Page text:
A. Trevor Hodge
All fresh water begins as rainfall, and (apart from modern industrial pollution creating acid rain), as rainfall, all water is completely pure. When it reaches the earth it is then liable to be affected by the various elements that it encounters there. On falling to the ground, the water is stored in three different ways: these are surface water, soil water, and ground water. Surface water is self-explanatory, including lakes and streams. Soil water is water retained in the soil and enabling plants to grow. Ground water is what the layman would call “underground water,” either in the form of underground rivers, or, much more often, absorbed in geologic strata of some porous material (e.g., limestone) that is saturated with water, and known to geologists as an aquifer. It was this ground water that satisfied most of the ancients' hydraulic needs.
True, some of the aqueducts drew their supplies from surface water. At Rome, the Anio Vetus and the Anio Novus, as their names imply, drew their supplies from the Anio River, and at Segovia (Spain) the aqueduct was fed by the Rio Acebeda, a small stream some 12 km south of the city. Indeed, Frontinus assures as that for the first four centuries of its life Rome drew its water from the Tiber, though this emphasises rather its primitive state than its deliberate choice of hydraulic priorities (Fron. Aq. 4). And one point must be noted. Cities, even when built on major rivers for commerce and communications, seldom used river water. For one thing, it was often polluted (that, after all, was there they usually dumped their sewage), and for another, given gravity flow, a river cannot satisfactorily serve a town built on its banks and hence above the water surface. The water has to come from a higher source.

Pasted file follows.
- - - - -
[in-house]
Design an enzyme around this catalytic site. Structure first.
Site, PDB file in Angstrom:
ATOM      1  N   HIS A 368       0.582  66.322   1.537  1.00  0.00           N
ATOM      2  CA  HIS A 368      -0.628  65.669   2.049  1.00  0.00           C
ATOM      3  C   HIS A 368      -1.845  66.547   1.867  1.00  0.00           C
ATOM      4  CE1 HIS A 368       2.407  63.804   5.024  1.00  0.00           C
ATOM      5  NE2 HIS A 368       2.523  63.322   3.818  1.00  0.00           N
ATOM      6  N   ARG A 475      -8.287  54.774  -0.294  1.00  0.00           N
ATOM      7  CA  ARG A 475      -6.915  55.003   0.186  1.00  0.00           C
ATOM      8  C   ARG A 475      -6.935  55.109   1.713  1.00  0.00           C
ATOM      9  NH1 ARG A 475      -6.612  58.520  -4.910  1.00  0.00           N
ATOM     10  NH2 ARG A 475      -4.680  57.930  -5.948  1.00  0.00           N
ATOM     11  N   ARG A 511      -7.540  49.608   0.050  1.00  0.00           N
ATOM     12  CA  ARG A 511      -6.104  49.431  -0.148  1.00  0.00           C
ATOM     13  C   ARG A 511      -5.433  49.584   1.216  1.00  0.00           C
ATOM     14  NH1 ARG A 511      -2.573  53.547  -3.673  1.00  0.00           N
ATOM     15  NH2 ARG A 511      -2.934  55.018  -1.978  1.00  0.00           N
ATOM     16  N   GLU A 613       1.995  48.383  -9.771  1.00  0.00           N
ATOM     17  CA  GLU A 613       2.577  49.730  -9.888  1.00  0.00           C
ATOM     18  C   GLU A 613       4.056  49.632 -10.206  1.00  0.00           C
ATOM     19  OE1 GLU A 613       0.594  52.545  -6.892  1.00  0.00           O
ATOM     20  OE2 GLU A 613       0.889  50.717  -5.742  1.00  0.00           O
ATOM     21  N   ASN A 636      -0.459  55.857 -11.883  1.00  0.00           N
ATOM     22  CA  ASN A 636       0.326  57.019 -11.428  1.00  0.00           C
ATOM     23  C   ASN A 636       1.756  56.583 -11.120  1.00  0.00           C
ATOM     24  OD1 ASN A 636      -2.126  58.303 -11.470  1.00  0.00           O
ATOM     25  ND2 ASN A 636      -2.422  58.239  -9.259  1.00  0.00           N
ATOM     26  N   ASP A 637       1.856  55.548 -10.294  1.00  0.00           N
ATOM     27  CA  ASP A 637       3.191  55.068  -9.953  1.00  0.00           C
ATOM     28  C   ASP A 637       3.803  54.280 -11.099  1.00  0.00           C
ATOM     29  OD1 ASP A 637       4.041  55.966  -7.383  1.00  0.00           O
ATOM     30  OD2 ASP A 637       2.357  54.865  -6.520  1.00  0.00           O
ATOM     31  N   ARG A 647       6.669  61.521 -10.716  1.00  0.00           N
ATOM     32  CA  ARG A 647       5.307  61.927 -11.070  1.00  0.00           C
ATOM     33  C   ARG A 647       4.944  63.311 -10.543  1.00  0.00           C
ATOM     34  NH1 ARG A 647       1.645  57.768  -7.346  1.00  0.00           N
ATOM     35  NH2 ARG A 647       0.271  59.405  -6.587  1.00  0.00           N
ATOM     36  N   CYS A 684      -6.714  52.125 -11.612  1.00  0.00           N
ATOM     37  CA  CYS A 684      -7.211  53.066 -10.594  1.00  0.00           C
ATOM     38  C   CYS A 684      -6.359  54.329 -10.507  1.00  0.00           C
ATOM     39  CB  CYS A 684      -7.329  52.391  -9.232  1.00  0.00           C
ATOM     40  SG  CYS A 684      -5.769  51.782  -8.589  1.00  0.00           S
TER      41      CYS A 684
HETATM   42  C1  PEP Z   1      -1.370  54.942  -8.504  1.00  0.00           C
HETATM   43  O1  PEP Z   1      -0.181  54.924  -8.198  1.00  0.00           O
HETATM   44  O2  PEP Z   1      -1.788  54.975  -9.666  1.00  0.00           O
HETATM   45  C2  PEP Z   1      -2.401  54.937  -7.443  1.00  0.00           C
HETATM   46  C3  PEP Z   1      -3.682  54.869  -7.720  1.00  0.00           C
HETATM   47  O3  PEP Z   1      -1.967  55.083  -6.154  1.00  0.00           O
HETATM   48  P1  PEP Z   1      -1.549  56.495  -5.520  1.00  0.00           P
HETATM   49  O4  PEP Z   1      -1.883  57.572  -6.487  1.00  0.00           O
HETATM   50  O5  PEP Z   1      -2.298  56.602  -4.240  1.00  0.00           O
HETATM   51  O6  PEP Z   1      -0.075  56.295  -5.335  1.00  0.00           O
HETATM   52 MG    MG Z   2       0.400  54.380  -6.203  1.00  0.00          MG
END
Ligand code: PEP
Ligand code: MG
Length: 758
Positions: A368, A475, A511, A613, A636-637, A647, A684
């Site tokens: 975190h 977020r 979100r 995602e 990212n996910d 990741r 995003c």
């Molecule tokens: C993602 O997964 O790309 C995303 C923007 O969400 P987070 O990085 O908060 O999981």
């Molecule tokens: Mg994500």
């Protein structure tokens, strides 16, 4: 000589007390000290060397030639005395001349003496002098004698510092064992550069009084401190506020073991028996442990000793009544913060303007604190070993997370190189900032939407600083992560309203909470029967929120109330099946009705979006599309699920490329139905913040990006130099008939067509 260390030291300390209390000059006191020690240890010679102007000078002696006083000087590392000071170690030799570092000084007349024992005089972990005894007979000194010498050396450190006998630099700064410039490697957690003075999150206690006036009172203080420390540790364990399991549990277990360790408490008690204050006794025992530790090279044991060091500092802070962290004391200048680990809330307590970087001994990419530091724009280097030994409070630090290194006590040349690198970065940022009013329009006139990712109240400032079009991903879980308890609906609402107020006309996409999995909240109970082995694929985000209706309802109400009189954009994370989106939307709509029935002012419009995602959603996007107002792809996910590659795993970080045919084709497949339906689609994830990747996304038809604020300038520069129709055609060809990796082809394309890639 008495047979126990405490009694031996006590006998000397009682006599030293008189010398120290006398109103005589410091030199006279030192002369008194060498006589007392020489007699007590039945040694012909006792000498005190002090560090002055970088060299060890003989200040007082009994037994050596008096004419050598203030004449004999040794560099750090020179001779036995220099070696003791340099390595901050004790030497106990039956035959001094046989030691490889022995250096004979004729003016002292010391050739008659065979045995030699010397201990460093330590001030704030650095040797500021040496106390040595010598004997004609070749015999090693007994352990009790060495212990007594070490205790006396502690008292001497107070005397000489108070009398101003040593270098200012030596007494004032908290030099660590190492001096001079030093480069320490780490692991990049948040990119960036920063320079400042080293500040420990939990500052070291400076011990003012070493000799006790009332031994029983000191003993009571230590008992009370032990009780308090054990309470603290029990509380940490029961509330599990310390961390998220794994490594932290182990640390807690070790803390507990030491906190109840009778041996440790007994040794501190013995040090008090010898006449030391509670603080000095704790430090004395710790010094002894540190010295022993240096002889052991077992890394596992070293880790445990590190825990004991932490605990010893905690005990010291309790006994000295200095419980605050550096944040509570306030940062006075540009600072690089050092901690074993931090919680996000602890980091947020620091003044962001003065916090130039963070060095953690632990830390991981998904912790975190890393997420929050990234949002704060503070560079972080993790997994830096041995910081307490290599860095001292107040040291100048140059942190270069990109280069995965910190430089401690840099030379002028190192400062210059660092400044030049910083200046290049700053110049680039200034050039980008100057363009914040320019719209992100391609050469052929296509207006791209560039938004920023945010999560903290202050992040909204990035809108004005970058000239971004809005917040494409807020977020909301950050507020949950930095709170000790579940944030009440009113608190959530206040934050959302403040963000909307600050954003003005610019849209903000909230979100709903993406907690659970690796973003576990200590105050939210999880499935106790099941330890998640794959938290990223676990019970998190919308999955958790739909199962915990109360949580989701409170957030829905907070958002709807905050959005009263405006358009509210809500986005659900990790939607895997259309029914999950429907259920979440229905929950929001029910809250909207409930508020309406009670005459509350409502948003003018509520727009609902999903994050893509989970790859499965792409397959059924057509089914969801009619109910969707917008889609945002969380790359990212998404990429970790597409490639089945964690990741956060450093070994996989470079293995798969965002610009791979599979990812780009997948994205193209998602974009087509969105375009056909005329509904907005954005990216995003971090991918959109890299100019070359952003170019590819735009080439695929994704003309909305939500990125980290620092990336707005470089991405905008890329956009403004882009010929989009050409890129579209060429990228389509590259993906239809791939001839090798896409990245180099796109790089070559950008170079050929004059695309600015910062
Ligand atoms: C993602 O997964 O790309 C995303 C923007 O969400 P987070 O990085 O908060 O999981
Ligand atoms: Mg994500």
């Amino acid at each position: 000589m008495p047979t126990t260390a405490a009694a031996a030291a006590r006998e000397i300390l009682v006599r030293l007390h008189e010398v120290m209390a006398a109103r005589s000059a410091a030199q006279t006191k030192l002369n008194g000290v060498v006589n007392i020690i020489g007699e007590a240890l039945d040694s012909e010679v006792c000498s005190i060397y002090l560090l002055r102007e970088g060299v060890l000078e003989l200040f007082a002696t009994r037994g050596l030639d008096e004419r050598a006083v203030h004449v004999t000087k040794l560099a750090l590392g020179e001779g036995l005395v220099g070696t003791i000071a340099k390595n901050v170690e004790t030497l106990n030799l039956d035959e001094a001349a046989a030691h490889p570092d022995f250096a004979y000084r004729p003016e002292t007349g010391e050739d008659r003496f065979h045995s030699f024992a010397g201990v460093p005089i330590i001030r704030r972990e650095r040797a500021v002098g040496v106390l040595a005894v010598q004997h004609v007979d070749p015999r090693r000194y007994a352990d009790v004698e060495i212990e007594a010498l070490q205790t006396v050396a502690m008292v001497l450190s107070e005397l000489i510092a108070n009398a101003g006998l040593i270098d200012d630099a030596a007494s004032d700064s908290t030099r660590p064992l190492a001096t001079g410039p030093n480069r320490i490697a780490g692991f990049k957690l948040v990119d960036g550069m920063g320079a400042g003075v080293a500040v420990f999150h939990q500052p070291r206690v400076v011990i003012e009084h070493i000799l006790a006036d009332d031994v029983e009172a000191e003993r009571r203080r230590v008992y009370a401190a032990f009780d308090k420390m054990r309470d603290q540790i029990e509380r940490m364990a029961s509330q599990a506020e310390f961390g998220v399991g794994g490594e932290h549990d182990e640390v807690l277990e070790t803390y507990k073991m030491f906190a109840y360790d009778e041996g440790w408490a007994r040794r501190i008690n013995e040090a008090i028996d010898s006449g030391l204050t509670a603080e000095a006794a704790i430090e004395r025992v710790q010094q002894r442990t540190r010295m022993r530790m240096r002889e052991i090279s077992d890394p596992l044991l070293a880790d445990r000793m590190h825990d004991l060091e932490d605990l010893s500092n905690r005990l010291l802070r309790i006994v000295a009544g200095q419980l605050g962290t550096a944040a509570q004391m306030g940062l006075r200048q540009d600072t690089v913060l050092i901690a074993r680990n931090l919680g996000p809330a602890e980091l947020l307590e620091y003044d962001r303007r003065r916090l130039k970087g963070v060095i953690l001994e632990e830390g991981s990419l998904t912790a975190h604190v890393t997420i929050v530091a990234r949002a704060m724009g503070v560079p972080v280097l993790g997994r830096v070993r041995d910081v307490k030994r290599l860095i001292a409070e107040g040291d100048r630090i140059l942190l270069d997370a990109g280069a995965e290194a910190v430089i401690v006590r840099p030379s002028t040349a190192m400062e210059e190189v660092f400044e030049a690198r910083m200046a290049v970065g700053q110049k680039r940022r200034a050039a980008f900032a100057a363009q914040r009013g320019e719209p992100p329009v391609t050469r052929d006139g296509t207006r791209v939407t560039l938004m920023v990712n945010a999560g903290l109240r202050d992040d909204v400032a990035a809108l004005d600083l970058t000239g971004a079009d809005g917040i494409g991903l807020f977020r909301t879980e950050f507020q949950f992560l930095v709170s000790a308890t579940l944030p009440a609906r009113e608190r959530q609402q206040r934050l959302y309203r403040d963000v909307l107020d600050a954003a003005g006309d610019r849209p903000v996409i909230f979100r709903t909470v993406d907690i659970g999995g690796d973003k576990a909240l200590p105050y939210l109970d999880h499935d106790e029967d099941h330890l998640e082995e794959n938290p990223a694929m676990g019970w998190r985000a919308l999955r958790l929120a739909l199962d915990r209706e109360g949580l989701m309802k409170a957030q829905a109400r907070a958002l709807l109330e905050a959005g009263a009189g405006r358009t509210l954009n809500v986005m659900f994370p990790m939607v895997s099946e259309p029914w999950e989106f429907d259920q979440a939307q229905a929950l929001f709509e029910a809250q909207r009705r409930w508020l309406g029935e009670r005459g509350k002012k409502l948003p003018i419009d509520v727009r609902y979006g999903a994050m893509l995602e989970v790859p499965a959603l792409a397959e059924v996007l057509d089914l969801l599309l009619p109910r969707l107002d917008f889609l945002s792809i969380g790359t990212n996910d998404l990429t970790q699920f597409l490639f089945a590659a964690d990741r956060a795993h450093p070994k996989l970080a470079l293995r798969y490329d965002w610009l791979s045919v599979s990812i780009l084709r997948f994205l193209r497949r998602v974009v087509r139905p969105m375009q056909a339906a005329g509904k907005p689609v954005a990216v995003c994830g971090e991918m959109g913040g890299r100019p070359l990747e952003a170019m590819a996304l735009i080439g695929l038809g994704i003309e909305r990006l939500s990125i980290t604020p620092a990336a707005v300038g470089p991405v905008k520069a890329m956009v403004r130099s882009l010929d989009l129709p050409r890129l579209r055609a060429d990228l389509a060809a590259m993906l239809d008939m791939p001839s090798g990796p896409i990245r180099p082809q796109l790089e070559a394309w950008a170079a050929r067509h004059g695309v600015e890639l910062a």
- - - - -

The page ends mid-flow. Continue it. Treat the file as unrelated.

We thus return to springs and the geological principles underlying them. In the Mediterranean area there is a general shortage of surface water, and the water has to be found deeper down;1 in particular
1 “The geological configuration prevalent on most of the ancient Greek lands on
the rim and the islands of the Aegean is a permeable limestone cap superimposed